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Oil Report

Mexico planning more nuclear plants in future -CFE

MEXICO CITY, Oct 5 (Reuters) - Mexico needs to expand its fledgling nuclear energy industry to meet rising demand but it will be 10 years before a new plant could be up and running, a Federal Electricity Commission official said on Friday.

“In the long term, nuclear energy will have to play an important role in Mexico,” Alberto Ramos, the CFE’s deputy director of project development, told an energy event.

“We couldn’t do it for 10 years. (But) I think it’s going to be inevitable that we have a definitive long-term (nuclear) program in this country.”

Mexico currently has one nuclear power plant, at Laguna Verde in Veracruz state, which opened in 1990 and accounts for around 3 percent of the state-run CFE’s installed capacity.

Despite lingering concerns over safety and nuclear waste, nuclear energy is receiving renewed attention worldwide as countries seek to wean themselves off oil and switch to power sources that contribute less to climate change.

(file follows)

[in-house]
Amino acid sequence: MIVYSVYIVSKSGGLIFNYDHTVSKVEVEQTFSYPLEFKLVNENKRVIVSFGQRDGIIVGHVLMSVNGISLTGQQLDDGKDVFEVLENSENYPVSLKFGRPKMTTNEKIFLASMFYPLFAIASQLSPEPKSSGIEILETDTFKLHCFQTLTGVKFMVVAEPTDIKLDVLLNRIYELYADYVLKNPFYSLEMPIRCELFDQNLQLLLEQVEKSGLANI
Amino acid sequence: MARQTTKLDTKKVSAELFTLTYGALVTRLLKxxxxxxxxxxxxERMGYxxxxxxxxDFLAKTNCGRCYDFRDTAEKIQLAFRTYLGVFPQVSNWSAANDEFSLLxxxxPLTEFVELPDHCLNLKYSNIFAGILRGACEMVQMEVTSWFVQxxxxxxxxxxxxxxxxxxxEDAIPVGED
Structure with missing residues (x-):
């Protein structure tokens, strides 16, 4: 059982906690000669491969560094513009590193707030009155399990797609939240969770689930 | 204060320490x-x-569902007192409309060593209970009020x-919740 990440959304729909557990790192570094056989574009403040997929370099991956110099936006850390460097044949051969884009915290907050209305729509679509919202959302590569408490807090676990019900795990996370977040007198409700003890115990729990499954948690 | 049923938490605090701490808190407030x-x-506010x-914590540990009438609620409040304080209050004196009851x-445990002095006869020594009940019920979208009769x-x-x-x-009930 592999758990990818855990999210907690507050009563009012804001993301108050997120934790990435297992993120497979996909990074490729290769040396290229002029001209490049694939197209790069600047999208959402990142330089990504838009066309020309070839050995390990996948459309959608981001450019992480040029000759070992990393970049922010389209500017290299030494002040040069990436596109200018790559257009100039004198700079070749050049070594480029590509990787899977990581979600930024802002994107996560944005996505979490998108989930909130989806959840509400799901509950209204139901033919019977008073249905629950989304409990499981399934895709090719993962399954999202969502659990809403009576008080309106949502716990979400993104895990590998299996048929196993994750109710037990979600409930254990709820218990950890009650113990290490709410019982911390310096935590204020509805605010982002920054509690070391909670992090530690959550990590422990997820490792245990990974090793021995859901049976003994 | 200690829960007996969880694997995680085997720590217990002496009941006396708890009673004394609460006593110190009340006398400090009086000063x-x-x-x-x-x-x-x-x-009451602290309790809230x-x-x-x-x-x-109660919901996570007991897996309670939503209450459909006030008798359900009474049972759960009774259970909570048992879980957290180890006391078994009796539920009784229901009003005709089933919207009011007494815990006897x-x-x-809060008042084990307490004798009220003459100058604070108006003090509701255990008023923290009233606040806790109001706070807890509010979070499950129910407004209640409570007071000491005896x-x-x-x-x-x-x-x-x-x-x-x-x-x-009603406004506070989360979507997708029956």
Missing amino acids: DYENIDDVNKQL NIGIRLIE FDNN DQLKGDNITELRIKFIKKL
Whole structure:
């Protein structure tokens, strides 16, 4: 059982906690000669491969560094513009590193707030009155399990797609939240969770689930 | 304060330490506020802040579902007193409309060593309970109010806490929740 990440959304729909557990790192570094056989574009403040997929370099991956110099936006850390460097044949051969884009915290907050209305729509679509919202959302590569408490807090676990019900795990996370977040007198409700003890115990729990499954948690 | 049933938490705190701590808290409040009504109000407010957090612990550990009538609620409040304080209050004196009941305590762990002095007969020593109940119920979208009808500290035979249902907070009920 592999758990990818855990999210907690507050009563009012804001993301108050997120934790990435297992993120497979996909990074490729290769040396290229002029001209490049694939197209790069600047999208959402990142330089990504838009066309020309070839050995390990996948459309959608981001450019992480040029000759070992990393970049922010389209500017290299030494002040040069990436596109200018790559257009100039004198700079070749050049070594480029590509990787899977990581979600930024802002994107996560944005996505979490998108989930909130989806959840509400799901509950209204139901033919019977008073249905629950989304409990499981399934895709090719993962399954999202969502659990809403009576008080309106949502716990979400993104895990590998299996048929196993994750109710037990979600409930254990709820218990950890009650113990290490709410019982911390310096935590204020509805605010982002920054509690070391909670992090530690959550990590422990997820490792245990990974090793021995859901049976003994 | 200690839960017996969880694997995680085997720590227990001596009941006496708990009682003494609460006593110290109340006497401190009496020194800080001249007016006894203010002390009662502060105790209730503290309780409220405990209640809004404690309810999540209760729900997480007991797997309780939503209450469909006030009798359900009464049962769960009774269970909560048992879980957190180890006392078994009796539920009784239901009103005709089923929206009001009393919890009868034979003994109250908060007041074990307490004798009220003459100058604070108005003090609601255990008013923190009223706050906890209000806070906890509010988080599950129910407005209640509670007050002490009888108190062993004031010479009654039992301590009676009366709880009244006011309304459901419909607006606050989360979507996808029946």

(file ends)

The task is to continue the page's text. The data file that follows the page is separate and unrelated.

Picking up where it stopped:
For the time being the CFE plans to add around 63 new conventional power plants over the next 10 years to satisfy projected growth in demand of roughly 5 percent a year, Ramos said.

The CFE is focusing on plants fueled by natural gas and closing old power stations that run on dirtier fuels. It aims to be generating around 60 percent of its power from natural gas by 2015 from roughly 45 percent now.

That is driving a rush in Mexico to start importing more liquefied natural gas (LNG) from overseas to fill a shortfall in domestic natural gas production.

State oil monopoly Pemex’s deputy director of natural gas, Salvador Ortiz, said Mexican demand for natural gas was seen growing at 6 percent annually over the next few years and domestic output at just 2 percent.

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